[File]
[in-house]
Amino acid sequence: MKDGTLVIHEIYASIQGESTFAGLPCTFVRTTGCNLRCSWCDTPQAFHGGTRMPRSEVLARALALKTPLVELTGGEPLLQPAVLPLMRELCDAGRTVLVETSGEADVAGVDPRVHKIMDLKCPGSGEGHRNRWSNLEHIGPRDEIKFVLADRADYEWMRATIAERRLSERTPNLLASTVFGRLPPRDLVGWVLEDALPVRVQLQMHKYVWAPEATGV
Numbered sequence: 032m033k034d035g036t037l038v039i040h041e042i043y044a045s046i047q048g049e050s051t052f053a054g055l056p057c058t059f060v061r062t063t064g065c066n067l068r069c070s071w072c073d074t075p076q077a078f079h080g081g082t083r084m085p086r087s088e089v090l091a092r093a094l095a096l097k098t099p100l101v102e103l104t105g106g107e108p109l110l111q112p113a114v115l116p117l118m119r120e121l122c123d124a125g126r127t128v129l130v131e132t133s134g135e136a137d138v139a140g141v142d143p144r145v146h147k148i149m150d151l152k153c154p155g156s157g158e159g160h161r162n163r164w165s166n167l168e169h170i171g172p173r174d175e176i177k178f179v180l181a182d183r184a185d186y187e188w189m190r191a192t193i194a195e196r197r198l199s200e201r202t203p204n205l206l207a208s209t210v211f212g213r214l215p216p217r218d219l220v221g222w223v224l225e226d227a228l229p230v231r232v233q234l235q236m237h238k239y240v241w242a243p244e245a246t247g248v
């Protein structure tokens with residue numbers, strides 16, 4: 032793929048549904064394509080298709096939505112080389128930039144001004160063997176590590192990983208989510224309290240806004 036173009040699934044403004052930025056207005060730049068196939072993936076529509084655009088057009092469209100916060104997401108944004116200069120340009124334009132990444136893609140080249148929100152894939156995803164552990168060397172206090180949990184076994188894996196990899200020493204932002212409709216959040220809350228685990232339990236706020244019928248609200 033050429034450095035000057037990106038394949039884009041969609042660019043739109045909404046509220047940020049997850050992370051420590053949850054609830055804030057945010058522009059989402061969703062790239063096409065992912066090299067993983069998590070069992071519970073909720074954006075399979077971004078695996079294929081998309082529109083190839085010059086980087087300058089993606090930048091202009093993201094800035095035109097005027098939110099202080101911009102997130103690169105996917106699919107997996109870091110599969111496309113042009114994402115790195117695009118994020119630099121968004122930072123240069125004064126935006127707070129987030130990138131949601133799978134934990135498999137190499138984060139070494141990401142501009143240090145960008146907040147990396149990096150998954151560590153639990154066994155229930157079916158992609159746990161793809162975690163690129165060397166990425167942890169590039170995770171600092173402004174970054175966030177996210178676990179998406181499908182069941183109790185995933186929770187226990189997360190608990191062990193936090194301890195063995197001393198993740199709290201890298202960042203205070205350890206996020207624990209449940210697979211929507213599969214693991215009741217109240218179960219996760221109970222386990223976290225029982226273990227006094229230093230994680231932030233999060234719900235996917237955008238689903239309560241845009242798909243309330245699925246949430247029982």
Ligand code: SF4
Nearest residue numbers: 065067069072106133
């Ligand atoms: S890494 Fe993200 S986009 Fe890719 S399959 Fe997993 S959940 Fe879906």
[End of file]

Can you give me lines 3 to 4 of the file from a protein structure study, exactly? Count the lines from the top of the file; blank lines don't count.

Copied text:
Numbered sequence: 032m033k034d035g036t037l038v039i040h041e042i043y044a045s046i047q048g049e050s051t052f053a054g055l056p057c058t059f060v061r062t063t064g065c066n067l068r069c070s071w072c073d074t075p076q077a078f079h080g081g082t083r084m085p086r087s088e089v090l091a092r093a094l095a096l097k098t099p100l101v102e103l104t105g106g107e108p109l110l111q112p113a114v115l116p117l118m119r120e121l122c123d124a125g126r127t128v129l130v131e132t133s134g135e136a137d138v139a140g141v142d143p144r145v146h147k148i149m150d151l152k153c154p155g156s157g158e159g160h161r162n163r164w165s166n167l168e169h170i171g172p173r174d175e176i177k178f179v180l181a182d183r184a185d186y187e188w189m190r191a192t193i194a195e196r197r198l199s200e201r202t203p204n205l206l207a208s209t210v211f212g213r214l215p216p217r218d219l220v221g222w223v224l225e226d227a228l229p230v231r232v233q234l235q236m237h238k239y240v241w242a243p244e245a246t247g248v
């Protein structure tokens with residue numbers, strides 16, 4: 032793929048549904064394509080298709096939505112080389128930039144001004160063997176590590192990983208989510224309290240806004 036173009040699934044403004052930025056207005060730049068196939072993936076529509084655009088057009092469209100916060104997401108944004116200069120340009124334009132990444136893609140080249148929100152894939156995803164552990168060397172206090180949990184076994188894996196990899200020493204932002212409709216959040220809350228685990232339990236706020244019928248609200 033050429034450095035000057037990106038394949039884009041969609042660019043739109045909404046509220047940020049997850050992370051420590053949850054609830055804030057945010058522009059989402061969703062790239063096409065992912066090299067993983069998590070069992071519970073909720074954006075399979077971004078695996079294929081998309082529109083190839085010059086980087087300058089993606090930048091202009093993201094800035095035109097005027098939110099202080101911009102997130103690169105996917106699919107997996109870091110599969111496309113042009114994402115790195117695009118994020119630099121968004122930072123240069125004064126935006127707070129987030130990138131949601133799978134934990135498999137190499138984060139070494141990401142501009143240090145960008146907040147990396149990096150998954151560590153639990154066994155229930157079916158992609159746990161793809162975690163690129165060397166990425167942890169590039170995770171600092173402004174970054175966030177996210178676990179998406181499908182069941183109790185995933186929770187226990189997360190608990191062990193936090194301890195063995197001393198993740199709290201890298202960042203205070205350890206996020207624990209449940210697979211929507213599969214693991215009741217109240218179960219996760221109970222386990223976290225029982226273990227006094229230093230994680231932030233999060234719900235996917237955008238689903239309560241845009242798909243309330245699925246949430247029982």